So now he had been picked up in an alley, looking like a sieve.

I said a polite good afternoon to Beth Wheaton, prima donna of the plugs, as I braked at her switchboard.

"Any calls, darling—for me?"

Beth flicked a blue eye uninterestedly over the top of the board.

"One from somebody named Hart—a dame. She wants you to call her immediately, if not sooner. I wrote the number down somewhere. I'll look it up and see if I've misplaced it."

"Do that," I said, and wandered into Bill Jamison's domain.

Jamison was a star leg man for the Orbit.

Bill's department was crime in all its vicissitudes, murder a specialty. Once he had dreamed of being a college professor, teaching English. Now he wrote a reasonable facsimile of the same language, with vernacular embellishments, and made Times Square his campus.

"Hi, Johnny," was his greeting. "Pull up a chair."

"Remember Kenny Stangl?" I led off with. "Sure do," he said. "Bad news in blue serge. What's he been up to now?"

"Not up—down. In the gutter. Blasted. Rubbed. Perforated. Haven't you heard?"

Jamison looked at me with a frown.

"Is this straight? Because I haven't had a nudge on it from anybody. Not even Mullin the Great, and he's kept all his promises lately to give me ground floor space. Where'd you hear it?"

I explained. Bill looked serious. He thanked me and I went back to my desk where the phone was jingling.

"About that number, Mr. Castle," Beth Wheaton cooed. "I can't find it anywhere."

"You can draw your pay Saturday and don't come back Monday," I told her.

"But I'll keep trying and maybe some day it will show up." She broke off and came back with, "What a coincidence. The lady's on another wire now. Do you want to talk to her?"

A round of seconds and then the One and Only's fascinating tonal qualities drifted into the receiver:

"Johnny? Why didn't you call me?"

"Because a stupid, inefficient operator named Beth Wheaton—"

"Well, I like that!" Beth cut in indignantly. She clicked off before I could fire another shot.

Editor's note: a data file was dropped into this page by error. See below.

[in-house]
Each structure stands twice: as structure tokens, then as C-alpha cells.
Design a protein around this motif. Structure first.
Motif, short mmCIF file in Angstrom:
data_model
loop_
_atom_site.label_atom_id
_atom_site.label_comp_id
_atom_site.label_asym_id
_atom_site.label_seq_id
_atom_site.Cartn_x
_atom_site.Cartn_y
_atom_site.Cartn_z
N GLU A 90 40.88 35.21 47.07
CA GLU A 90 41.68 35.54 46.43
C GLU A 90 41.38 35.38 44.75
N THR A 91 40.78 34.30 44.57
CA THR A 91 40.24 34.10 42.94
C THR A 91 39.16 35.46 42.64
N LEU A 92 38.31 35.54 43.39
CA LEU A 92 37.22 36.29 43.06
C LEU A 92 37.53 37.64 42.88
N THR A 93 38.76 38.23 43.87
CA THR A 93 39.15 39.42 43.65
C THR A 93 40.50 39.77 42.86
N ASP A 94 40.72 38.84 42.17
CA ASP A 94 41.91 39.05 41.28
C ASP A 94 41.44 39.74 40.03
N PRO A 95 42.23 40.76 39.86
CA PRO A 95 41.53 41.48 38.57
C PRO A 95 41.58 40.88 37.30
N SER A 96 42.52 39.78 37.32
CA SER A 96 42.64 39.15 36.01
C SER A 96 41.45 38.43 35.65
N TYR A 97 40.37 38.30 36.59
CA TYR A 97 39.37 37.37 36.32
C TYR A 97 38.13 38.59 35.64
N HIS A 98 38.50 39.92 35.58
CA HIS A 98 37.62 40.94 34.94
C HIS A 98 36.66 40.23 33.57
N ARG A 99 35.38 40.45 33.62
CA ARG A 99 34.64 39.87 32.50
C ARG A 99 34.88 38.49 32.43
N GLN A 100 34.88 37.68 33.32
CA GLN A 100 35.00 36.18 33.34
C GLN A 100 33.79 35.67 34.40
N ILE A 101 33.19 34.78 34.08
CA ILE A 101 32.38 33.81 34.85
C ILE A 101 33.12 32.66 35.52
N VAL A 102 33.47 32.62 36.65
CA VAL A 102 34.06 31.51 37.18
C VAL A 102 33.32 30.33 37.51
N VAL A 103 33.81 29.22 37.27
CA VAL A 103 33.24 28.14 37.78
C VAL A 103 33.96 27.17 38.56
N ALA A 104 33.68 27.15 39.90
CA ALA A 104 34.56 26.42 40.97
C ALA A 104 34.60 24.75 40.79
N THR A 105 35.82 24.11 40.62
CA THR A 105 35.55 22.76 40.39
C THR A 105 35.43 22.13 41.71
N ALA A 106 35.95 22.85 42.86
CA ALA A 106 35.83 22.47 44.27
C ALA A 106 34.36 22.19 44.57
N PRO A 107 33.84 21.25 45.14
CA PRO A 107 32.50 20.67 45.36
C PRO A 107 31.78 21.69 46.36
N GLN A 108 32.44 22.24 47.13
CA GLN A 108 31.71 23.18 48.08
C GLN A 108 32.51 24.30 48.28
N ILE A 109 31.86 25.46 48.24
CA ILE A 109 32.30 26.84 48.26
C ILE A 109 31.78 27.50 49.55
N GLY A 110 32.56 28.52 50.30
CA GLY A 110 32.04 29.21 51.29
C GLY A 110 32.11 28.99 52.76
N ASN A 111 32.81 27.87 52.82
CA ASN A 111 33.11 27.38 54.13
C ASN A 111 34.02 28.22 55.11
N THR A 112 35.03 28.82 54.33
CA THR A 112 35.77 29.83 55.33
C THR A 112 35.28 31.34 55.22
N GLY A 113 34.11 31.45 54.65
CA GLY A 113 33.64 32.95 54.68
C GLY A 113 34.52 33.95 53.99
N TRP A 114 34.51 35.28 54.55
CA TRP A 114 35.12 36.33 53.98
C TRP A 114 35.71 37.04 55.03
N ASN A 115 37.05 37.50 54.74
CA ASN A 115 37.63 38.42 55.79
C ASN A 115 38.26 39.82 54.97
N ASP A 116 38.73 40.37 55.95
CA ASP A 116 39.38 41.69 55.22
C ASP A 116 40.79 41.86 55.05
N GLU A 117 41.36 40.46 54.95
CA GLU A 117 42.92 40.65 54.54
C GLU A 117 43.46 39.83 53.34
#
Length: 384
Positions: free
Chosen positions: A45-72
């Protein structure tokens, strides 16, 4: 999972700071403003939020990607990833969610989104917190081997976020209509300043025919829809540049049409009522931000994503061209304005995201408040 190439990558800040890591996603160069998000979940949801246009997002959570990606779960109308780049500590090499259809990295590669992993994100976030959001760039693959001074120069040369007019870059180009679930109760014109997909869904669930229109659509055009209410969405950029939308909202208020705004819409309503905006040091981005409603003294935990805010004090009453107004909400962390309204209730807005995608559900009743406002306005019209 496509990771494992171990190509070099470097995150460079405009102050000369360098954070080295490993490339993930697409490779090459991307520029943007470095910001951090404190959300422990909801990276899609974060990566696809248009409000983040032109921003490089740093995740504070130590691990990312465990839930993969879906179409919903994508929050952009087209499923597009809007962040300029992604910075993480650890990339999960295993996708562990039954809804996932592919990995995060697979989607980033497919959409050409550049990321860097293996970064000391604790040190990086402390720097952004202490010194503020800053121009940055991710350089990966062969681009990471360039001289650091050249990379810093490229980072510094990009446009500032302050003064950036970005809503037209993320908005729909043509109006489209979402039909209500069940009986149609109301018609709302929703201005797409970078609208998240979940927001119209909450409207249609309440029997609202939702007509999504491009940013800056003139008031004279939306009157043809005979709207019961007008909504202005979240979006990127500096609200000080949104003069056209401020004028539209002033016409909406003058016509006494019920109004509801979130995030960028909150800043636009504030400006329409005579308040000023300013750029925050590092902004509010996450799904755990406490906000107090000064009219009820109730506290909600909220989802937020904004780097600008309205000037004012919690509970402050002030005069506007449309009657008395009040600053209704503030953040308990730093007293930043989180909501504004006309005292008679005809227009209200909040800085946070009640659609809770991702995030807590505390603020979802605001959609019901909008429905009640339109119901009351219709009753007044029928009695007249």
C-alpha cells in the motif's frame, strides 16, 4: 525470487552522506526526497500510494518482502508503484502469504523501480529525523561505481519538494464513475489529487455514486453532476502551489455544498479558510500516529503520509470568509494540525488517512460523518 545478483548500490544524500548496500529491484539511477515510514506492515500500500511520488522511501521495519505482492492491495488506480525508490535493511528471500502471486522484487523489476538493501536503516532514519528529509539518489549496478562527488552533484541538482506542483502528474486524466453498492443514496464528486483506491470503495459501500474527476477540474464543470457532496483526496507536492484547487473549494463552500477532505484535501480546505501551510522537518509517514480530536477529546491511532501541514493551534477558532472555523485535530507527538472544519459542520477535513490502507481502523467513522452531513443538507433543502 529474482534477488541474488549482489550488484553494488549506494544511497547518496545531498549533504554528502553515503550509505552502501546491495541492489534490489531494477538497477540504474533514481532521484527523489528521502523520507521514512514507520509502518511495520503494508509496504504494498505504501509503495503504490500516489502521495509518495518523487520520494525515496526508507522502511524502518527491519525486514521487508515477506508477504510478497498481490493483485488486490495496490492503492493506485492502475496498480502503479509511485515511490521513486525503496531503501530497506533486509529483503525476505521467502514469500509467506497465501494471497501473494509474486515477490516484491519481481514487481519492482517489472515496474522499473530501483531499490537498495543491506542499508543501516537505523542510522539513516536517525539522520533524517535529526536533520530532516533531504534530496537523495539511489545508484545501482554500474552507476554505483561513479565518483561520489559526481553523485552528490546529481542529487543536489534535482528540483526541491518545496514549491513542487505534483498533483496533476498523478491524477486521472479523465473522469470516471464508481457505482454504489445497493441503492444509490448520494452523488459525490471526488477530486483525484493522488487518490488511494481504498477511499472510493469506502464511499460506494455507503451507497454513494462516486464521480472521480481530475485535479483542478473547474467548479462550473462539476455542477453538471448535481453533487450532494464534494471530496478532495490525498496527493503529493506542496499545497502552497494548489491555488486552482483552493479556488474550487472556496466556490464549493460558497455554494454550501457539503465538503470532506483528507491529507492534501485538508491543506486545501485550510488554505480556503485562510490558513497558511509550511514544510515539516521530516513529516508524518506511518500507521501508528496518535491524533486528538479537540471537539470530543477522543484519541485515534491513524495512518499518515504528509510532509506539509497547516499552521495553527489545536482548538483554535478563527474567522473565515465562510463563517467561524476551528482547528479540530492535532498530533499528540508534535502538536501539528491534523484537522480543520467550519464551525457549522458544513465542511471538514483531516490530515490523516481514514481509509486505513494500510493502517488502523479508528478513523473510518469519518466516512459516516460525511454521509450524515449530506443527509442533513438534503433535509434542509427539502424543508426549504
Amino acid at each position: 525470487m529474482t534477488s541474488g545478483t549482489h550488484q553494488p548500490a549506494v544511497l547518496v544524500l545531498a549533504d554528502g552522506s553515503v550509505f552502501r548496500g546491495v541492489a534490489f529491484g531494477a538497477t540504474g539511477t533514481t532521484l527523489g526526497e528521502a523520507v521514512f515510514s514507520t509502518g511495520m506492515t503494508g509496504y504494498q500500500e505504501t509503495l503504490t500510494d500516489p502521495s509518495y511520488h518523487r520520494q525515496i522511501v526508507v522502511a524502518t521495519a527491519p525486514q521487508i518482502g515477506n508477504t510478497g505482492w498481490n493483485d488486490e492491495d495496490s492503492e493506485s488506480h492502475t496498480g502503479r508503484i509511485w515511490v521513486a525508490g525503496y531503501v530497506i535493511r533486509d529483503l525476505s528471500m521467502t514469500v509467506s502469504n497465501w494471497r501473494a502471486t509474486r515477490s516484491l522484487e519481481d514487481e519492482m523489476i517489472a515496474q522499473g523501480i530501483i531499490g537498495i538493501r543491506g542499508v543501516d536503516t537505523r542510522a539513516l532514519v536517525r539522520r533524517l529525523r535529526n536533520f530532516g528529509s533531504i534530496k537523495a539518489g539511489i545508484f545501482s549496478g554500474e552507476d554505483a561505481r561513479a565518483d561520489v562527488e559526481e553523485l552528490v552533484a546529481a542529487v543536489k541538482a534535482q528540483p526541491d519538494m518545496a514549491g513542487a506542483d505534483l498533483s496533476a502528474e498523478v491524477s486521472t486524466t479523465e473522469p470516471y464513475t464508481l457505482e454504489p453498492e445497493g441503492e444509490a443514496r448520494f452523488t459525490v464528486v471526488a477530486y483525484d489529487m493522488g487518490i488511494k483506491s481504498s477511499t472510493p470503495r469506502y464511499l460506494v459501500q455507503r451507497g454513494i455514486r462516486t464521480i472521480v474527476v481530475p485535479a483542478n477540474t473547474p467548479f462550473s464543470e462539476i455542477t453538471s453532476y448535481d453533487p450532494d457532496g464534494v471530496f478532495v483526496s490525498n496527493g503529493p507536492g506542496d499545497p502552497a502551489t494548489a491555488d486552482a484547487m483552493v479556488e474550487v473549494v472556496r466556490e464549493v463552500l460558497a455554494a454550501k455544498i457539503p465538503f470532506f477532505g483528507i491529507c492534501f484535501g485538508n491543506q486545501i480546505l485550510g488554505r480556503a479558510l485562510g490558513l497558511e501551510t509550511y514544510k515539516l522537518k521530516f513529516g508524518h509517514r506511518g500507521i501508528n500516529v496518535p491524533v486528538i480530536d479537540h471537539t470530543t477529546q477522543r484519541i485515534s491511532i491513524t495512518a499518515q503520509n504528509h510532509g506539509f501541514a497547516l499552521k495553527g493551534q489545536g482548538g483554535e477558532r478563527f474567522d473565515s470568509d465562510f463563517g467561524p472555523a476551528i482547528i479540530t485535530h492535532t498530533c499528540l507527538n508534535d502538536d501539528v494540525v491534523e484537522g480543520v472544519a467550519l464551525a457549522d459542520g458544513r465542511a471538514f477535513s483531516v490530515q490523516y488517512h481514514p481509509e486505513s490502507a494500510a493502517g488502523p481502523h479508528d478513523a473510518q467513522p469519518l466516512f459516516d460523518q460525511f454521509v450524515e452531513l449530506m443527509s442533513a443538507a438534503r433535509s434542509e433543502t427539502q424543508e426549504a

"Date still on for five at Austin's?" I said to Libby.

"Yes, but couldn't you make it a little earlier? Something funny's happened and I want to ask your advice."

I told her I'd try to be on tap about half-past four and she rang off. Jamison came in looking troubled.

"I just called the good captain, Johnny," he said. "He says I'm crazy. That as far as he knows Stangl's in perfect health. How do you like it?"

I whistled. "Then it's front page stuff, sure!"

"My idea exactly." Jamison pulled on his hat. "Kenny always hangs out at the Jockey Club on Forty-eighth. I think I'll roll around. Want to come?"

"Date," I said, and he blew.


BILLY AUSTIN'S mouserie was a hole- in-the-wall where the Scotch had an accent and you could meet anyone from an exiled king to a reigning pickpocket. All I wanted to meet was Libby and for once I made a rendezvous before she did.

The tuckaway was full up. Aristocratic trap- shooters rubbed elbows with not so aristocratic craps shooters. Wall Street mingled with the underworld. That delightful camaraderie that came from cracked ice, soda and fire-water glossed the dive with the shellac of equality.

I got a beer, a handful of pretzels and a table. I was down to the last crippled cracker when I saw Libby come in. She lit the place up like a four- alarm blaze. There was music in the way she walked, Saks Fifth Avenue in her smart little dress, and a whole garden of dewy flowers in the perfume that haloed her shining dark hair.